Part I of this Note examines the case law that addresses the issue of U.S. bank home office liability. Part II analyzes U.S. monetary policy provisions that affect deposits held in foreign branches of U.S. banks and the conditions under which a U.S. bank may become a guarantor. Part III argues that the case law holding the U.S. bank home office liable implies a guaranty term into the deposit account contract and frustrates efforts to regulate U.S. monetary policy. This Note concludes that unless appropriate arragements are made between the foreign depositor and the U.S. bank home office, the home office should not be liable for the return of deposits held in its foreign branches.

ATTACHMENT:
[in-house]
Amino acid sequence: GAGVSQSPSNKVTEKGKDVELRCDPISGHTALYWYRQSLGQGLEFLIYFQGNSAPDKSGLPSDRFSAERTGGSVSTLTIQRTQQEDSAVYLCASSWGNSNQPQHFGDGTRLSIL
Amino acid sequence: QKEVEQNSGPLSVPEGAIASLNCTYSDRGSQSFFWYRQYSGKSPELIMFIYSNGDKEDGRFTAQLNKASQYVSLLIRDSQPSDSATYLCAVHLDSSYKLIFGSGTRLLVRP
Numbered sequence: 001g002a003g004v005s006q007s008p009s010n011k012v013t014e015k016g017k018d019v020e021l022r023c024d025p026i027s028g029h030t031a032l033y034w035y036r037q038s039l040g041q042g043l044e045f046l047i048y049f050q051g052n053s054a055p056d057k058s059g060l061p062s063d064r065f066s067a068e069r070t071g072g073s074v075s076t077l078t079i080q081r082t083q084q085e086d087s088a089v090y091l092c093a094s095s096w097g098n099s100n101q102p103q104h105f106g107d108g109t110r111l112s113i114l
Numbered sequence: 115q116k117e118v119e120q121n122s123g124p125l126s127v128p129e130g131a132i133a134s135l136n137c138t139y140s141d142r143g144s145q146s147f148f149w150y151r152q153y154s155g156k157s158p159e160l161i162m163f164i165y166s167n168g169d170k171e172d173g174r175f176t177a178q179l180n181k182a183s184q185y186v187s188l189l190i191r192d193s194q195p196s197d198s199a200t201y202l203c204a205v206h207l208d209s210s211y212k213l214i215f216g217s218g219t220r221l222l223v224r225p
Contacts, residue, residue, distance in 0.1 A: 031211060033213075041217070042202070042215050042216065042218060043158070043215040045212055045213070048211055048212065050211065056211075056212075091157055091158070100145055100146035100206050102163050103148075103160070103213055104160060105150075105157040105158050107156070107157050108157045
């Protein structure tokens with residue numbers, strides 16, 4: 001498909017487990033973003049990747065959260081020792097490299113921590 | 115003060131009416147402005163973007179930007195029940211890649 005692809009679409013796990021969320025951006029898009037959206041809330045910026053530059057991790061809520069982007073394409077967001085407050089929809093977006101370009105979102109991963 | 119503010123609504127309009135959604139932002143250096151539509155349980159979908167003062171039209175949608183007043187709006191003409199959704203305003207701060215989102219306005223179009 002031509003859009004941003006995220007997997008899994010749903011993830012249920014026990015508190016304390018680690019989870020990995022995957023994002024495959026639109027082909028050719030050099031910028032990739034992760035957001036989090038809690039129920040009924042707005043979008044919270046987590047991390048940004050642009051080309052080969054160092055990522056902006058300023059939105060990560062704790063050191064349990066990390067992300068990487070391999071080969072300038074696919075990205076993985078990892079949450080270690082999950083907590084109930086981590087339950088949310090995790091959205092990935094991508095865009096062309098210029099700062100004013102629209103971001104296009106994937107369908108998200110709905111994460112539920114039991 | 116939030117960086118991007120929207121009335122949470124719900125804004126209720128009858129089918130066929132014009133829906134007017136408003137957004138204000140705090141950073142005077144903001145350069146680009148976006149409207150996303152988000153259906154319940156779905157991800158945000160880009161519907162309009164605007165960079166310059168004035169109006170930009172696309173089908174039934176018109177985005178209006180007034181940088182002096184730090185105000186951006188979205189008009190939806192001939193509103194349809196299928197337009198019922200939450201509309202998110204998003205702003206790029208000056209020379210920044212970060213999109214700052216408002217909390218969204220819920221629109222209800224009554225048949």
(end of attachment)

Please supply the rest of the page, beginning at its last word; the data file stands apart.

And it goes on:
Marvin J. Miller Jr.,
Holding U.S. Bank Home Offices Liable for Deposits in Their Foreign Branches,
11 Fordham Int'l L.J. 621
Available at: http://ir.lawnet.fordham.edu/ilj/vol11/iss3/6